ADOTAS – With the busiest shopping season of the year now behind us, Q4 demonstrated the rising influence of online purchases over traditional brick-and-mortar retail.
The last quarter of 2013 was the biggest quarter ever for paid search, with 36 percent of all global retail paid search clicks coming from mobile devices and retailers spending revenue on Product Listing Ads (PLAs) by 138% year-over-year according to marketing firm Kenshoo. But a new report released today by Marin Software cites more aggressive growth, stating that PLA spend increased by nearly 300 percent in 2013.
“Search advertisers continue to find new ways to improve results from their most productive digital marketing channel, and Q4 2013 proved to be the biggest quarter ever for paid search,” said Aaron Goldman, chief marketing officer of digital marketing firm Kenshoo. “Not only did paid search advertisers spend more than any other quarter on record; they did so more efficiently than ever by driving more clicks with fewer impressions. Furthermore, with formats like Mobile and Product Listing Ads showing tremendous gains, it’s clear that there’s greater opportunity ahead for sophisticated search marketers.”
For those of you unfamiliar with PLAs, Google first introduced this new ad format in October 2012 to provide retailers the ability to show consumers products with prices that are contextually relevant to an online search query. Think of it as a mini online shopping experience injected into pages of search results. Google’s PLA strategy aims to empower smaller retailers to steal market share away from popular online retail properties like Amazon and eBay by displaying relevant product listings, circumventing the need for consumers to visit one-stop-shop retail sites to make a purchase.
“The main objective of our report was to paint the picture of the Google shopping landscape and in the future, expand that to the overall landscape,” said Kye Mou (pictured), senior product marketing manager at Marin Software. “The meteoric rise of PLAs has paved the way for Google to focus on vertical ad formats. As advertisers and retailers allocate more ads towards PLAs over text ads, this provides larger opportunities for advertisers and for Google.”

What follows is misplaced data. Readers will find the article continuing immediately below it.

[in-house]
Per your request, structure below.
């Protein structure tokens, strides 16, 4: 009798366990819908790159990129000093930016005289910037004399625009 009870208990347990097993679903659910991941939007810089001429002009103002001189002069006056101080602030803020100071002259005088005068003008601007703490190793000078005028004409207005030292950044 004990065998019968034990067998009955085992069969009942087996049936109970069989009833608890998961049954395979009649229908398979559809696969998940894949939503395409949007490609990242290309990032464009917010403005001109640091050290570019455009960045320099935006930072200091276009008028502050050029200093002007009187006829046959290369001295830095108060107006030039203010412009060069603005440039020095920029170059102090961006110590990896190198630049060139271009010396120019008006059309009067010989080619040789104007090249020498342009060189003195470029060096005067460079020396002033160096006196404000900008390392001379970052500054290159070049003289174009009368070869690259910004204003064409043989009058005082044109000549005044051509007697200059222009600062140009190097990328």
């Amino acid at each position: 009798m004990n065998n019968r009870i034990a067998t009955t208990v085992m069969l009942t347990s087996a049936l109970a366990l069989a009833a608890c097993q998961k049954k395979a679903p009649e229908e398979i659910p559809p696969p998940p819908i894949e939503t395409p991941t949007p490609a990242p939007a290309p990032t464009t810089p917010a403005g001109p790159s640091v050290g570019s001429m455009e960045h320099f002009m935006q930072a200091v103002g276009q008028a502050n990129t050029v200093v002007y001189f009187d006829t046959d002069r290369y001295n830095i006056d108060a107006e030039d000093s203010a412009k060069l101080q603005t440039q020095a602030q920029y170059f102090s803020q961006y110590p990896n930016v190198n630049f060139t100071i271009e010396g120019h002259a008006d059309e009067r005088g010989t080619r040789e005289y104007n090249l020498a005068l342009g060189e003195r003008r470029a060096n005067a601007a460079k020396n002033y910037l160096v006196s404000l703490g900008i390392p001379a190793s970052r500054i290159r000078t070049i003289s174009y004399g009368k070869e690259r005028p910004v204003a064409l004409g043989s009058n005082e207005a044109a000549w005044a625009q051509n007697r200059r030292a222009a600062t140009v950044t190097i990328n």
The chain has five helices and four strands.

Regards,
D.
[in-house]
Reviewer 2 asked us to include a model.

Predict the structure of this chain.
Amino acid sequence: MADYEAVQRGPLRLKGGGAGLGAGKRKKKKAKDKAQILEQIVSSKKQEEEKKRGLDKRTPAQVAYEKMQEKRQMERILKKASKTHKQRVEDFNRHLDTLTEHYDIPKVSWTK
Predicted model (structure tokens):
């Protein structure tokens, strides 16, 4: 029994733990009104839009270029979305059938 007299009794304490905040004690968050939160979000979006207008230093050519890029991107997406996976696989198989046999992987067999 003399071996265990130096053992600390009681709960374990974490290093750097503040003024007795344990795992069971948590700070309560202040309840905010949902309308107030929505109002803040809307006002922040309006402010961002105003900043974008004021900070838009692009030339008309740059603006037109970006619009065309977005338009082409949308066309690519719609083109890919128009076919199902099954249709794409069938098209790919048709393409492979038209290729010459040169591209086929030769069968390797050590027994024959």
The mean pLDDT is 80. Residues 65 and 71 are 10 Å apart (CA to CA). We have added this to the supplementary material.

Mou believes text ads are great for identifying intent, but consumers are really looking for more online as they make a purchase, and PLAs provide rich content that is more specific to what online shoppers desire. Marin’s data shows an almost 300% uptick in retailers’ spend on Product Listing Ads in 2013 and 2014, as well as a surge in use of mobile PLAs to drive consumers into real-world retail stores.
The Rise of Mobile & Vertical Ads
“Mobile is the largest opportunity for PLAs and today, shoppers are on the go and using phones in stores more and more,” said Mou. “PLAs delivered on smartphones offer higher engagement rates. For example, in October of 2013, CTRs were 33% higher on smartphones than on PCs and tablets combined. Mobile PLAs are cheaper and actually perform better.”
Aiding and abetting the higher engagement rates on mobile, smaller screen sizes actually drive the increased effectiveness of the ads, since PLAs can take up 30-40 percent of the screen real estate, driving consumers’ attention and clicks.
The future of advertising will be even more promising for mobile as a platform. According to the study, Marin predicts that by December 2014, retailers will allocate one-third of their entire paid search budget towards PLAs, and that 40 percent of all PLA clicks will occur on smartphones.
“We expect a proliferation of industry and the rise in popularity of dynamic comparison shopping ads like hotel pricing ads, and more industry specific ads that are closer to a user’s query,” added Mou. “As we expand from there, in addition to these specific ad formats, we will need to see how are advertisers getting these ads in front of the right people. Just compare the demographic profile of people who would see a Tesla ad as opposed to one for Kia. The key will be optimizing the targeted ads accordingly and creating user engagement and a custom experience.”